ED WALL’S STORY: BEFORE, DURING, AND AFTER LIFE IN SCOTT WALKER’S CABINET

Ed Wall with Carol Koby

Guest:  Ed Wall, former Secretary, Wisconsin Department of Corrections, and author

Ed Wall has spent his life as a public safety professional – basically a cop who has worn many hats. He began as a police officer in Meriden, Connecticut, a state trooper in New Hampshire and then moved to Wisconsin where his wife Debi was from. He quickly moved up the ladder as a civil service employee in the Wisconsin Division of Criminal Investigation eventually becoming Administrator. Soon after, Governor Jim Doyle appointed him as Administrator of Wisconsin Emergency Management, and he was later appointed Cabinet Secretary of the Wisconsin Department of Corrections by Governor Scott Walker.

In his newly-released book, UNETHICAL: LIFE IN SCOTT WALKER’S CABINET AND THE DIRTY SIDE OF POLITICS, Ed Wall describes his professional journey which ended in termination from the Wisconsin Department of Justice. At the center of his tenure as Secretary of the Department of Corrections was the Lincoln Hills juvenile detention center investigation – or lack of it.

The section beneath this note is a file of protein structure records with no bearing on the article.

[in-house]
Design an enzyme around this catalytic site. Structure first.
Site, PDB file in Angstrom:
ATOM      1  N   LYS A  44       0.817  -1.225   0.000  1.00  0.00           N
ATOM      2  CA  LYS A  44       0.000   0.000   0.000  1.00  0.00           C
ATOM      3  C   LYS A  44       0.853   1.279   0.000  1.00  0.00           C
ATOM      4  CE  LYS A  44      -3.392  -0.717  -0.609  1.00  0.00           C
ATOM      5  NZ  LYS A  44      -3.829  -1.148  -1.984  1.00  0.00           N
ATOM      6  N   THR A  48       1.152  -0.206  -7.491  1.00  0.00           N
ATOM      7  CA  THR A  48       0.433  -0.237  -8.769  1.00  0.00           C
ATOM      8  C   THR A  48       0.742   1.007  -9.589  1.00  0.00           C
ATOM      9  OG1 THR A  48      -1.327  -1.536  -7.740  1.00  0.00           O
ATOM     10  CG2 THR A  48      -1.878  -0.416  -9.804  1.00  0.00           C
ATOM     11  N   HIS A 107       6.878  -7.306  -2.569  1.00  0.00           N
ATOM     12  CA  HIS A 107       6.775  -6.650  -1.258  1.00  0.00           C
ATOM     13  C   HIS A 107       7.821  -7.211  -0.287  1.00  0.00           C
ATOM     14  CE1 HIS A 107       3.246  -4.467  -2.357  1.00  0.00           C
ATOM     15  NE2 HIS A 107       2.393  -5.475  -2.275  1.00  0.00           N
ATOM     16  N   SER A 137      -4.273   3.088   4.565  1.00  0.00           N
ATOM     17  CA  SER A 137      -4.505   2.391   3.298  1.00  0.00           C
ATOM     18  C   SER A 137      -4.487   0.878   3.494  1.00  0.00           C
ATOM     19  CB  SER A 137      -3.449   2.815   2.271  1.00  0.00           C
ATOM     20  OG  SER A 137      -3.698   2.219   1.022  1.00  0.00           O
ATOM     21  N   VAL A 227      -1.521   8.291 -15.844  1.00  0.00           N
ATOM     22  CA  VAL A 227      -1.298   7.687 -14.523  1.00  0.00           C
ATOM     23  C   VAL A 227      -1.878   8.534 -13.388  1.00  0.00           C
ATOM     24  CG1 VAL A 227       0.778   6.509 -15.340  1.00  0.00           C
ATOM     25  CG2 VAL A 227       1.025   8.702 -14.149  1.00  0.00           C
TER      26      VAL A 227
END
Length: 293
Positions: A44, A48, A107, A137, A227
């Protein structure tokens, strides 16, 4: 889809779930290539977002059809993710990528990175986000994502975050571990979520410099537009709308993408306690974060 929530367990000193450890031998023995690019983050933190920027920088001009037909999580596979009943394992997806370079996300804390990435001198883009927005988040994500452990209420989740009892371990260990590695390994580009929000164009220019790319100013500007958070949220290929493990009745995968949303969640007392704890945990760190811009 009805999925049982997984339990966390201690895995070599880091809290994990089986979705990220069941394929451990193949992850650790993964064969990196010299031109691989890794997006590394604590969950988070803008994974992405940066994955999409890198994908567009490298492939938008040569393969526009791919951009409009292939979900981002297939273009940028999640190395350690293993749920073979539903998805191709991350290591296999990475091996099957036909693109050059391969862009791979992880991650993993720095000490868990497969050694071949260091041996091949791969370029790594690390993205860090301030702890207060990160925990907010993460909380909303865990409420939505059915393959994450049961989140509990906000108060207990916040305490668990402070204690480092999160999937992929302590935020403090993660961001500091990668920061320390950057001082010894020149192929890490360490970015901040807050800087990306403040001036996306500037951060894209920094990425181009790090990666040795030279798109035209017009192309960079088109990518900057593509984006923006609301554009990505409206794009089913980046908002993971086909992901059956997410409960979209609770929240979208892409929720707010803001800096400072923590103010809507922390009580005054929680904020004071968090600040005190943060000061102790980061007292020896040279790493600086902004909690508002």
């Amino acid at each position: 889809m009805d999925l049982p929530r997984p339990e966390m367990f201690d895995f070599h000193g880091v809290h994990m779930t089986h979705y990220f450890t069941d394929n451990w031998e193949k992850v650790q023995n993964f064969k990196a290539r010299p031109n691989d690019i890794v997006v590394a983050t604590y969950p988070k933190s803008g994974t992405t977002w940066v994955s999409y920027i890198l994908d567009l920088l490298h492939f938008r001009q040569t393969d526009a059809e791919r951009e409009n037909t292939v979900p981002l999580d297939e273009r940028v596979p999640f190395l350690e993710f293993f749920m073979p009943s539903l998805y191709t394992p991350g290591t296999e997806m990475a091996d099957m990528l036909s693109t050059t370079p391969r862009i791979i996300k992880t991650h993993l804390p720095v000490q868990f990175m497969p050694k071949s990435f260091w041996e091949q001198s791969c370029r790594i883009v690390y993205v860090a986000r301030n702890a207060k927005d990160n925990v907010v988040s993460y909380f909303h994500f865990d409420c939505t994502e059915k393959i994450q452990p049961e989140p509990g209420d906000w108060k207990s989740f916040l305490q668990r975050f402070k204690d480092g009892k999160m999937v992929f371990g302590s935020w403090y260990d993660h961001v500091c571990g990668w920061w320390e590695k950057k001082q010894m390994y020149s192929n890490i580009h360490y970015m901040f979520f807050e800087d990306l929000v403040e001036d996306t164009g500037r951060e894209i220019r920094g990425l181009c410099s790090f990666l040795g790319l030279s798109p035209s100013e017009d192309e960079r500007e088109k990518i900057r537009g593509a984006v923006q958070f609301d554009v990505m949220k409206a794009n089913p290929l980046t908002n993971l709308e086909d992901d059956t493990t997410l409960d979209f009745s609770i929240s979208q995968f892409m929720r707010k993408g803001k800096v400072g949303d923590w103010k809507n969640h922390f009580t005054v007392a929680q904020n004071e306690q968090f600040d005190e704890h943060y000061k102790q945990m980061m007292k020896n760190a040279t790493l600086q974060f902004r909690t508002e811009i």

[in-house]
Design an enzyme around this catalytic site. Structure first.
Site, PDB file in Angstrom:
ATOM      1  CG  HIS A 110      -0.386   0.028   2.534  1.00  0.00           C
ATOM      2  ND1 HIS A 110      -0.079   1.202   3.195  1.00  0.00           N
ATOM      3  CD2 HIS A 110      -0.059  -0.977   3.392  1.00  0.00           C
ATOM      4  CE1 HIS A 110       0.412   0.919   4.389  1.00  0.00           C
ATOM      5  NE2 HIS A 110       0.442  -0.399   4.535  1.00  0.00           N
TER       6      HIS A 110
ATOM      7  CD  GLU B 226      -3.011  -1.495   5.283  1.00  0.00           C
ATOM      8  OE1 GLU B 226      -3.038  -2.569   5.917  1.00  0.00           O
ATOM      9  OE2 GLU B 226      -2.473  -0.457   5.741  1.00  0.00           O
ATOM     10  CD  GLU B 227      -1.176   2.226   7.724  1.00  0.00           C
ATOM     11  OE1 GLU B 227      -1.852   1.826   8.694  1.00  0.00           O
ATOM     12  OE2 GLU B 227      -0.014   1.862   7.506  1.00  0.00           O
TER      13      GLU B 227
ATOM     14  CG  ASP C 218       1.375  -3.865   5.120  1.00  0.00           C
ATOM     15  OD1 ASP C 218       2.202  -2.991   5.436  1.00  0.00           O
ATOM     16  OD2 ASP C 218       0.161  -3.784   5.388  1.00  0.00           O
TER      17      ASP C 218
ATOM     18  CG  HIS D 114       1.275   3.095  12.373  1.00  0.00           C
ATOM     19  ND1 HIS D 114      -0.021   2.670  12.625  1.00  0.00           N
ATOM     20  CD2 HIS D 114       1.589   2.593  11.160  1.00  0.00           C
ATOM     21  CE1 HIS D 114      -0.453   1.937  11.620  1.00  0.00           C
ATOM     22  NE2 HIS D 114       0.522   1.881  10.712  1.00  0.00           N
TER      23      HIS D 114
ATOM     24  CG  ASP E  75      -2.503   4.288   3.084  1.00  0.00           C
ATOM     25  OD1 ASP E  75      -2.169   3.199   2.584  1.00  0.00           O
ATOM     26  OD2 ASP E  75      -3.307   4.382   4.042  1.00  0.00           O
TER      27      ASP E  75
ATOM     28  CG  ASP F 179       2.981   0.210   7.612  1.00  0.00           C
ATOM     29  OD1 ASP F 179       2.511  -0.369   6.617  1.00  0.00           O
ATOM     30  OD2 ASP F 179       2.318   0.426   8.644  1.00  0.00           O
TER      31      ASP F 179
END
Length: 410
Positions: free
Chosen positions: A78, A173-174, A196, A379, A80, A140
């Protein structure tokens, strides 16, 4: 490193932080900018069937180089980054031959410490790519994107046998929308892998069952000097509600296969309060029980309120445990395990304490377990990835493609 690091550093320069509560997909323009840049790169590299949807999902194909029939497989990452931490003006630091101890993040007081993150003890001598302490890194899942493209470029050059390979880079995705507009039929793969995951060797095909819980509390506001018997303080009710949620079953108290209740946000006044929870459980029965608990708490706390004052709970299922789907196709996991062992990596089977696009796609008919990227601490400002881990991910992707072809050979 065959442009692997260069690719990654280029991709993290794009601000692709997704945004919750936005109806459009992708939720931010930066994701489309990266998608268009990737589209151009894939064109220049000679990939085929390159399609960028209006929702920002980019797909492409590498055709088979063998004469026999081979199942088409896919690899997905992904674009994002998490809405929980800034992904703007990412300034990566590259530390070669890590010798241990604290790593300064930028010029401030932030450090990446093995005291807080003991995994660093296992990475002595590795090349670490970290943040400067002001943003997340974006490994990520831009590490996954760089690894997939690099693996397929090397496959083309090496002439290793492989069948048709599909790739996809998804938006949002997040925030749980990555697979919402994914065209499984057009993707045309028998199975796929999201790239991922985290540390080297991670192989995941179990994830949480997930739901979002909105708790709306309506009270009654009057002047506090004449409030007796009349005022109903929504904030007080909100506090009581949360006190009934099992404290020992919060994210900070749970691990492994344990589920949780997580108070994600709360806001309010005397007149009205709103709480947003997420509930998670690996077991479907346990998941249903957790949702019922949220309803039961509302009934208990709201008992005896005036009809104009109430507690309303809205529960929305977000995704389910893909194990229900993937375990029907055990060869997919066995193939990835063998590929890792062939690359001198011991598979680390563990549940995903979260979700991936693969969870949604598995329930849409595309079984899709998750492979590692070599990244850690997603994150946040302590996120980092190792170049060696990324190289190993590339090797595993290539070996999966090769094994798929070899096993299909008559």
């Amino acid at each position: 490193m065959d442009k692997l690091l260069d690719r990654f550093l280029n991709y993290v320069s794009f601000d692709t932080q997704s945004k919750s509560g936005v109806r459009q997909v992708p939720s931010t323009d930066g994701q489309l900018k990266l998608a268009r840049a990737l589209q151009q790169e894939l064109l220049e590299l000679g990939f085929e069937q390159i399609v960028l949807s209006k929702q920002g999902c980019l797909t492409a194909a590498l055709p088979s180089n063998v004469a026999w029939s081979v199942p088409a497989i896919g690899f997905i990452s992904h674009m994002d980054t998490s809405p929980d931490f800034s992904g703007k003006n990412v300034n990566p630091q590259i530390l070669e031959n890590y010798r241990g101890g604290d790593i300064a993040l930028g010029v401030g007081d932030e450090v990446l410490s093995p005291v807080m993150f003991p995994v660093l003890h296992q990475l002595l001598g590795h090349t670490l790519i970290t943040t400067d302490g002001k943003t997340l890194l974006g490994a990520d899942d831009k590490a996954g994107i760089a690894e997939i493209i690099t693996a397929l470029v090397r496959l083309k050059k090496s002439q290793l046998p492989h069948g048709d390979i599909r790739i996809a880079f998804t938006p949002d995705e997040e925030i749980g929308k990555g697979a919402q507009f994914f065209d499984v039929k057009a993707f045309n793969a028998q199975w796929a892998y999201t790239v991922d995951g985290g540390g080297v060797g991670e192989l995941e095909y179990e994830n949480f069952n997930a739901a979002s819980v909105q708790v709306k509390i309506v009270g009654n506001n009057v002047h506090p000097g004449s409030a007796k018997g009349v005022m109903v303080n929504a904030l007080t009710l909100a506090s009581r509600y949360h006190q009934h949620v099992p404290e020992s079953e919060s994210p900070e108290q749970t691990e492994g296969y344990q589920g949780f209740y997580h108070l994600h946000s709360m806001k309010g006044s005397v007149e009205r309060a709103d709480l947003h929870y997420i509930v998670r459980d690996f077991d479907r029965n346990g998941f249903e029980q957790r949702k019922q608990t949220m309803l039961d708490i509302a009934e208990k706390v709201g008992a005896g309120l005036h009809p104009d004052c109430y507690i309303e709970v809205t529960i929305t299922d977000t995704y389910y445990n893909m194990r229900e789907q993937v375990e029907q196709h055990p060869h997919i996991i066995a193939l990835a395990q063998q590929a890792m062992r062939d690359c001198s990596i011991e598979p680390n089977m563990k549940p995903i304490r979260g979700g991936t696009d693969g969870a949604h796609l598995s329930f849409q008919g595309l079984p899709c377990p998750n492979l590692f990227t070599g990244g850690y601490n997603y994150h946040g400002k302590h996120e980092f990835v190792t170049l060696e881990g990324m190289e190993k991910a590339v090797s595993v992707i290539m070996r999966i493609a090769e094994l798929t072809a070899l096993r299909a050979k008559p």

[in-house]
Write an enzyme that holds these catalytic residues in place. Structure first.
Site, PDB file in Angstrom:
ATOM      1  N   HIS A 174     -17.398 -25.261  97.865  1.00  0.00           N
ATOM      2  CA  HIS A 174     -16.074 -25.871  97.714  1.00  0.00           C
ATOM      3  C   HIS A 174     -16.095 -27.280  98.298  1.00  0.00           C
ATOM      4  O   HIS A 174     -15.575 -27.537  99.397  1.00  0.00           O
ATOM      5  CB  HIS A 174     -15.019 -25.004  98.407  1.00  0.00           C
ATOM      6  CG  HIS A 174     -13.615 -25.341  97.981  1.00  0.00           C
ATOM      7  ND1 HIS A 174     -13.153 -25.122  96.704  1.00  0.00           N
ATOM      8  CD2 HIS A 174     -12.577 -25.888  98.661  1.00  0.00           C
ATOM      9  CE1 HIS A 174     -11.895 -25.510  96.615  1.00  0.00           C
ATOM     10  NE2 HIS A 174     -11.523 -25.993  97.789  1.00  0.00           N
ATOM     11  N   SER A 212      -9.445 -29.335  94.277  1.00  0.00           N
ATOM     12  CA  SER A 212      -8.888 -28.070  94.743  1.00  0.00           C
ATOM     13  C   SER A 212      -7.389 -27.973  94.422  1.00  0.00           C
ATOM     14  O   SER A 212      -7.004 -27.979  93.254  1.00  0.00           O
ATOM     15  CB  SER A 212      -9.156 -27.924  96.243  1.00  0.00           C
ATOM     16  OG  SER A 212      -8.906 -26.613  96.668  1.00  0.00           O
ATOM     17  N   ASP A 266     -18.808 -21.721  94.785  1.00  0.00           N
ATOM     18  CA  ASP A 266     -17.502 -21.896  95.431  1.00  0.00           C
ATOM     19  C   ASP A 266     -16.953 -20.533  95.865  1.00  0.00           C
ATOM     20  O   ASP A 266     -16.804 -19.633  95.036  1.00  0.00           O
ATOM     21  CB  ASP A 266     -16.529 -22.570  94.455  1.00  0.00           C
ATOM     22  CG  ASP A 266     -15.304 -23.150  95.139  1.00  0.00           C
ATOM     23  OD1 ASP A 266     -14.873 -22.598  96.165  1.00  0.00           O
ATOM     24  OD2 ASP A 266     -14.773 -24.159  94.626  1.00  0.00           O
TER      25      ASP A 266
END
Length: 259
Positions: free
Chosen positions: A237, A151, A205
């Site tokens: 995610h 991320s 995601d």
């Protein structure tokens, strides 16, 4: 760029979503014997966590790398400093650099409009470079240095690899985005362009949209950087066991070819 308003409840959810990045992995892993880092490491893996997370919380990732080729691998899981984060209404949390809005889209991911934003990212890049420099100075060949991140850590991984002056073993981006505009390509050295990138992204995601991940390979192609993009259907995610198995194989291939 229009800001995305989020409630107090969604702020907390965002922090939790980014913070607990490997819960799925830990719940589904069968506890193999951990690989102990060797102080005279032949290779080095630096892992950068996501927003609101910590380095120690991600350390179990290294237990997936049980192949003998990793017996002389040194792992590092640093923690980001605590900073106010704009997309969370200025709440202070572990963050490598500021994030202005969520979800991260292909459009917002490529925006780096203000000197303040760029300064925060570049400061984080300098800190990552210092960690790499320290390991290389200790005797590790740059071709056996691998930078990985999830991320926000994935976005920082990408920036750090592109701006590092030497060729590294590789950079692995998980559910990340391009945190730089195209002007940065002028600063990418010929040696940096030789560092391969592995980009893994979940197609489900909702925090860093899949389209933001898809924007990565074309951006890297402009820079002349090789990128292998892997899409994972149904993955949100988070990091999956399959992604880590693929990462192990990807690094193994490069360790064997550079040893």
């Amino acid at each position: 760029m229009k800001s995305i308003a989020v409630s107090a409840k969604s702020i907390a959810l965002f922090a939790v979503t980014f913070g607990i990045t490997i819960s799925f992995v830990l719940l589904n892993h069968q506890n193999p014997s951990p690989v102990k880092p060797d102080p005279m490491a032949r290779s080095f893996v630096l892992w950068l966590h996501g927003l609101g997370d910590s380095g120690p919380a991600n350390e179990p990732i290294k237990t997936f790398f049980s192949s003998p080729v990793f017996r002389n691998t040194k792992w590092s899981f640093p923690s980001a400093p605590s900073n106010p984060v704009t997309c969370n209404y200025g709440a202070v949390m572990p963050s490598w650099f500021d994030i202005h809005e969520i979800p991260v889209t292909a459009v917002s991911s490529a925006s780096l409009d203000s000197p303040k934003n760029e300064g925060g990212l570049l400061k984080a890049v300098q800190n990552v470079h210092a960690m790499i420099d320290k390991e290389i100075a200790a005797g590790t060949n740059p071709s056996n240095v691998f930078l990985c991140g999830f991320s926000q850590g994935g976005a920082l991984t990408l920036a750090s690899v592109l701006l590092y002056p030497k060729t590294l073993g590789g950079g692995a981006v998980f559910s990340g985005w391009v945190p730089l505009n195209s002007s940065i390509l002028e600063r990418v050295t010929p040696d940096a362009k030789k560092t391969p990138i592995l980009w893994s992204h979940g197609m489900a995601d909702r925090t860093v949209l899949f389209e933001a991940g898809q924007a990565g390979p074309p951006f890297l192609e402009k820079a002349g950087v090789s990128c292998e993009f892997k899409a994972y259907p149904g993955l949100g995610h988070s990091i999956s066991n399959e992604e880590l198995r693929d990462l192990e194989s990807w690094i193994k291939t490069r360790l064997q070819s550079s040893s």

On this program, Ed Wall fast tracks us through his professional life, the realities of working in the political arena, the Lincoln Hills scandal, and the personal despair he suffered and lessons he learned.

THE REALITY OF RECOVERY FROM ADDICTIONS

Guests:  Shelly Dutch and Chuck Callender, Board members of Recovery Foundation and Director and Business Director, Connections Counseling; Jason Semenas, Peer Mentor, Recovery Foundation…

Jason Semenas is a peer mentor with the Recovery Foundation. That means he is in recovery himself – successfully – after battling addictions of every kind since he had a half a beer with his babysitter at age 10. And he is now helping others to achieve the freedom from addiction that he is enjoying. Jason is a walking and talking example that a long term addict can overcome his illness and gain control of his life. “If I can do it, anyone can,” says Jason. You can hear more of his story on this program.